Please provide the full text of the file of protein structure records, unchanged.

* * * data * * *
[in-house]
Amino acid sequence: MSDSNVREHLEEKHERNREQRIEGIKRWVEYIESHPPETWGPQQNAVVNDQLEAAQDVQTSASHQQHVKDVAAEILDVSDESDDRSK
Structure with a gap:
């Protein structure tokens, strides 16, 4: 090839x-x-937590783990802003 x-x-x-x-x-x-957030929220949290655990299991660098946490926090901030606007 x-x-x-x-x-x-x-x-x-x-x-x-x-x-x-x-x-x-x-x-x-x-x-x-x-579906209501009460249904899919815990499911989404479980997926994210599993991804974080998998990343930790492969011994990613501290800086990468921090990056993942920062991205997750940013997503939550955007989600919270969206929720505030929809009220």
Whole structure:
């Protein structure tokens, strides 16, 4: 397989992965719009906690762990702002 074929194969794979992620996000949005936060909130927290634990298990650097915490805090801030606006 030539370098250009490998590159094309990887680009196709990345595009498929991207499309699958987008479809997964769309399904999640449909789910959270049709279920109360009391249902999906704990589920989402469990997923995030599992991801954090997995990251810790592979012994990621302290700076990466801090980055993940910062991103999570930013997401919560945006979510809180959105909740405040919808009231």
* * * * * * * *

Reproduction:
[in-house]
Amino acid sequence: MSDSNVREHLEEKHERNREQRIEGIKRWVEYIESHPPETWGPQQNAVVNDQLEAAQDVQTSASHQQHVKDVAAEILDVSDESDDRSK
Structure with a gap:
């Protein structure tokens, strides 16, 4: 090839x-x-937590783990802003 x-x-x-x-x-x-957030929220949290655990299991660098946490926090901030606007 x-x-x-x-x-x-x-x-x-x-x-x-x-x-x-x-x-x-x-x-x-x-x-x-x-579906209501009460249904899919815990499911989404479980997926994210599993991804974080998998990343930790492969011994990613501290800086990468921090990056993942920062991205997750940013997503939550955007989600919270969206929720505030929809009220």
Whole structure:
């Protein structure tokens, strides 16, 4: 397989992965719009906690762990702002 074929194969794979992620996000949005936060909130927290634990298990650097915490805090801030606006 030539370098250009490998590159094309990887680009196709990345595009498929991207499309699958987008479809997964769309399904999640449909789910959270049709279920109360009391249902999906704990589920989402469990997923995030599992991801954090997995990251810790592979012994990621302290700076990466801090980055993940910062991103999570930013997401919560945006979510809180959105909740405040919808009231």